Oh dear. The Bank of England's Funding for Lending wheeze is not doing at all well. According to the official data from its latest Trends in Lending report, the stock of lending to businesses fell by around £4bn in the last quarter to November 2012.
Business secretary Vince Cable will not be at all pleased. He launched the Funding for Lending scheme last July. A scheme that gives cheap credit to banks on the condition they lend it at at equally favourable rates to consumers and businesses. What could possibly go wrong?
Well, according to th BoE, the problem lies in the lack of demand for corporate credit. Businesses simply don't want the money. They are spooked by the current economic climate and aren't investing in new plant or infrastructure, so why would they borrow, even at favourable rates?
'The contraction in lending to businesses overall was reflected across all firm sizes, with the annual rate of growth in the stock of lending to both small and medium-sized enterprises and large businesses negative over this period,' said the BoE report. Nobody wants our money, in translation.
The Bank reckons that another reason for the lack of interest is that capital markets are providing an alternative source of funding for larger companies. The report found that net bond issuance by UK businesses was positive in the three months to November, in contrast to the falling net lending figures by UK-resident banks and building societies across the period.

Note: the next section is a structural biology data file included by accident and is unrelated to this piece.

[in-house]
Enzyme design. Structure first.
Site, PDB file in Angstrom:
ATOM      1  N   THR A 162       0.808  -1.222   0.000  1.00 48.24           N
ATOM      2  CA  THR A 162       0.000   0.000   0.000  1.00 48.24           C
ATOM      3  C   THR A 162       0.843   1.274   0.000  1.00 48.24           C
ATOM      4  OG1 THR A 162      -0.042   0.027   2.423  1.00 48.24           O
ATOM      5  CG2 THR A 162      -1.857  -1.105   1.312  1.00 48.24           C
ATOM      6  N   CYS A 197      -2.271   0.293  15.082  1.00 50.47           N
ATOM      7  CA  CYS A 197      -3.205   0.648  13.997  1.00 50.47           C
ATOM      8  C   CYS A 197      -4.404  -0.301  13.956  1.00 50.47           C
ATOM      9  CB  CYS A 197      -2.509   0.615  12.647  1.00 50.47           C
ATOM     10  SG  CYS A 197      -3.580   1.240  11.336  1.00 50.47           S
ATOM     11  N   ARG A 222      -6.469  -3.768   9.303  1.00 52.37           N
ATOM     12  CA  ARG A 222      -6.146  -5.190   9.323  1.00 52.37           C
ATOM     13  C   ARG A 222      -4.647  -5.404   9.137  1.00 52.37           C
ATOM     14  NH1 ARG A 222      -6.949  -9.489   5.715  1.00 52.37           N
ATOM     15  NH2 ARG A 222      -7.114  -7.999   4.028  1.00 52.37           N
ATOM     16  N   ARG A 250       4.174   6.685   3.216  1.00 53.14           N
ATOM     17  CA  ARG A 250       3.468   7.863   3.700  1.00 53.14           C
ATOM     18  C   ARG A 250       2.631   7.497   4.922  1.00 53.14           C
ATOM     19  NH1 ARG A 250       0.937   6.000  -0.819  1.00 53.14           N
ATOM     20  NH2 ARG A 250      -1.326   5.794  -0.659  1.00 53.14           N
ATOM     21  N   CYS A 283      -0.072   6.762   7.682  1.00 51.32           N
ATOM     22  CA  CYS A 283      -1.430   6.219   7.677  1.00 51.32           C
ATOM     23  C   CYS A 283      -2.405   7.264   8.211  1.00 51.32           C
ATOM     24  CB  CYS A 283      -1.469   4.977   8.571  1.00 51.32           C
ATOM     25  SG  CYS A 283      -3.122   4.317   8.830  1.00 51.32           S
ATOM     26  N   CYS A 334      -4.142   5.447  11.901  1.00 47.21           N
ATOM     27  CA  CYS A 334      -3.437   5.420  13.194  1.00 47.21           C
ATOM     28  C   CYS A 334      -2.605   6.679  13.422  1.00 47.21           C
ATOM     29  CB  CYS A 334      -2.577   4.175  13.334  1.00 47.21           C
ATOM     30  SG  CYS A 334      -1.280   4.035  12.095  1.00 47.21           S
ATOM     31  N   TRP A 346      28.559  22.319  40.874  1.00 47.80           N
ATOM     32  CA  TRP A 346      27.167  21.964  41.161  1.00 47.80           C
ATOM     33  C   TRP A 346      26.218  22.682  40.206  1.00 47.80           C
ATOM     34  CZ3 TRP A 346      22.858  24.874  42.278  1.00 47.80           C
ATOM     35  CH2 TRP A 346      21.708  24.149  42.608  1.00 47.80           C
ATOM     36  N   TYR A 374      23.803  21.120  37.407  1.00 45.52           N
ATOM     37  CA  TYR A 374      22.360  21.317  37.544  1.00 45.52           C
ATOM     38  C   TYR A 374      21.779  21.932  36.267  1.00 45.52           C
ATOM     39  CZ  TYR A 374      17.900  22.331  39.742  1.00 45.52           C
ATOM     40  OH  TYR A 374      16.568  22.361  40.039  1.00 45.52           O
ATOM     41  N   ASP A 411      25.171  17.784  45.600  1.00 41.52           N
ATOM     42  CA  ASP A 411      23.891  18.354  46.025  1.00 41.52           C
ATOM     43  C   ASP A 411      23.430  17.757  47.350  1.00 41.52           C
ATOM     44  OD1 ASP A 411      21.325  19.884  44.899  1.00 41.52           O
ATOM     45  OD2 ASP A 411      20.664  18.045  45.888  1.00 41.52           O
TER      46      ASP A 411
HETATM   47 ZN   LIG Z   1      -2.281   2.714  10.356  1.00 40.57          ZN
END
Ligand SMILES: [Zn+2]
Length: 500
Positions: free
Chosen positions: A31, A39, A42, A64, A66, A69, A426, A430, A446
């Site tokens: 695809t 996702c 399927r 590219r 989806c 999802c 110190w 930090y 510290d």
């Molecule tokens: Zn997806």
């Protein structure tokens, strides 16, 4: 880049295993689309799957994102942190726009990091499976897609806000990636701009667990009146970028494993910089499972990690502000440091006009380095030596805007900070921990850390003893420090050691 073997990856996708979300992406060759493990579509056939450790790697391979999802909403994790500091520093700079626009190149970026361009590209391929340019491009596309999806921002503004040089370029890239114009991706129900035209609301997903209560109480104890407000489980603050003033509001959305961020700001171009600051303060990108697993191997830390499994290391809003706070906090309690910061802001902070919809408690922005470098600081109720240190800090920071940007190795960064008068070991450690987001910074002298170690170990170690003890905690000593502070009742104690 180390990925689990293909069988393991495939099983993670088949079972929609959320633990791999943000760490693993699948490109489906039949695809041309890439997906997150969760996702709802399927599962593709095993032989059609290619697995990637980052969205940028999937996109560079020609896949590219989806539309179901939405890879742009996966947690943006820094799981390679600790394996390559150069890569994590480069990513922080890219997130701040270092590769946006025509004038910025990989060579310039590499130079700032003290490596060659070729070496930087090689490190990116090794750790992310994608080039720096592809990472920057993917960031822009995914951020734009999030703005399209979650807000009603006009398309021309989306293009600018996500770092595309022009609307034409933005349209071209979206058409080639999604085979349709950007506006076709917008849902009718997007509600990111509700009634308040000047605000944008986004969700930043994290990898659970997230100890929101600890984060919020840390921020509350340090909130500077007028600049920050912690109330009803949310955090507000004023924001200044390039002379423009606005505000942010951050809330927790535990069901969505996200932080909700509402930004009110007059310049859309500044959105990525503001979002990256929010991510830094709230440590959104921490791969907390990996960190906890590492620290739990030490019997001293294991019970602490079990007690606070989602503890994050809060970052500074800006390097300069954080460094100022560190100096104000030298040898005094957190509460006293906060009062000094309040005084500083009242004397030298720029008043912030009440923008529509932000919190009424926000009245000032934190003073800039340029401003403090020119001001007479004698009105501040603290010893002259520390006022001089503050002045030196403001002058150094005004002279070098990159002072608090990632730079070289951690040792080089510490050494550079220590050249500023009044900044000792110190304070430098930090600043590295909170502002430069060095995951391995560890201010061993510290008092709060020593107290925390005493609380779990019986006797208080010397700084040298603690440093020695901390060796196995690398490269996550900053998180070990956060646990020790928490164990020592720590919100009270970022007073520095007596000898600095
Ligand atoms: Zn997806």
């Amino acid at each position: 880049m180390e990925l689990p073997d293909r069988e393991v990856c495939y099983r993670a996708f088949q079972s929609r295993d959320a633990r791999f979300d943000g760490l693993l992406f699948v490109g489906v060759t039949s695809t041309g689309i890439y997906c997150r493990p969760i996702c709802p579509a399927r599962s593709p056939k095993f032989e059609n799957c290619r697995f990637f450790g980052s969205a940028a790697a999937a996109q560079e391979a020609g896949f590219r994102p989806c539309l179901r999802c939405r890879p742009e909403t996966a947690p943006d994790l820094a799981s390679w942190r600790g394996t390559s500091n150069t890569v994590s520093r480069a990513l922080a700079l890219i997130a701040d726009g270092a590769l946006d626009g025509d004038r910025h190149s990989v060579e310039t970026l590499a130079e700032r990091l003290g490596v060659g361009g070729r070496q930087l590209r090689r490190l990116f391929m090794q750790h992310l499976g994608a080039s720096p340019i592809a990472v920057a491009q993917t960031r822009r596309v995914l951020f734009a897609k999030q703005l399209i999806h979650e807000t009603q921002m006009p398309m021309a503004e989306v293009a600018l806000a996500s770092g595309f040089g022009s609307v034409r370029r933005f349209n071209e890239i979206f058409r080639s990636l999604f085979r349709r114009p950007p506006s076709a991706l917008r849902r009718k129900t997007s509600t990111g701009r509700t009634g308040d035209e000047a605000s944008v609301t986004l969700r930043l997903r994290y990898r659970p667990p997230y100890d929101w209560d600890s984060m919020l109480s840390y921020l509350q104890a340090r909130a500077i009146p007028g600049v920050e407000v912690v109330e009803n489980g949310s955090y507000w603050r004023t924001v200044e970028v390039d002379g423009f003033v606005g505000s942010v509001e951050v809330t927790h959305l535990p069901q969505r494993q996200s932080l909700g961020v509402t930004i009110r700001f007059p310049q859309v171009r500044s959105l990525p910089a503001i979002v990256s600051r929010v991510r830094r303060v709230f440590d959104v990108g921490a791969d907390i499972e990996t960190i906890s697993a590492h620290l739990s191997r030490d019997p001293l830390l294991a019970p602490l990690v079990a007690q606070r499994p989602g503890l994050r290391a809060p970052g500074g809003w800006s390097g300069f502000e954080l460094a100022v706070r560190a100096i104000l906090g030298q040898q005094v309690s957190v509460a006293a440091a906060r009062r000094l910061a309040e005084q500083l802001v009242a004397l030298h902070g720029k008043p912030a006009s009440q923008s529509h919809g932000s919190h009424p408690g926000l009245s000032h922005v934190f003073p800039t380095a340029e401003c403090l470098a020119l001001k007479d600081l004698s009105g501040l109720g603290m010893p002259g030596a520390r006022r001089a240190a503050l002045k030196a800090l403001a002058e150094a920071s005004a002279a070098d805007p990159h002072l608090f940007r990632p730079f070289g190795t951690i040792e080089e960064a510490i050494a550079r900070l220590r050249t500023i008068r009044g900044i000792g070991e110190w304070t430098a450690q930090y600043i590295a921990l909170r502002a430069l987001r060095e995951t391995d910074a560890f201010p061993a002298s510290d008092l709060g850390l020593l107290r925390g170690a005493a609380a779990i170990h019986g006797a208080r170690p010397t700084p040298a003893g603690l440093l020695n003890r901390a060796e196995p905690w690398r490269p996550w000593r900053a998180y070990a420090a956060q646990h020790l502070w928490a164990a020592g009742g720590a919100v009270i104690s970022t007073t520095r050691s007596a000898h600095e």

However, while there aren't all that many loans being taken out, those who do need to borrow are getting fantastic rates. Between the Funding for Lending scheme and increased competition between banks, corporate loan pricing is getting more and more competitive.
Matthew Fell, CBI director for Competitive Markets, says: 'Signs that lower borrowing costs are beginning to reach firms are encouraging and show that Funding for Lending is beginning to make an impact. However, weaker demand for finance among small and medium-sized businesses indicates that they are still lacking confidence to invest, so raising awareness of available schemes is crucial. The British Business Bank must be put into action without delay to ensure government support is visible and reaching businesses that need it most.'
Ah, the British Business Bank. Cable's other baby. Will it fare any better than its financial sibling?
At last count, Funding for Lending has released £500m in additional loans into the economy. The British Business Bank should have funds of around £1bn to lend, which gives it double the clout. Let's just hope that the businesses want to borrow, eh?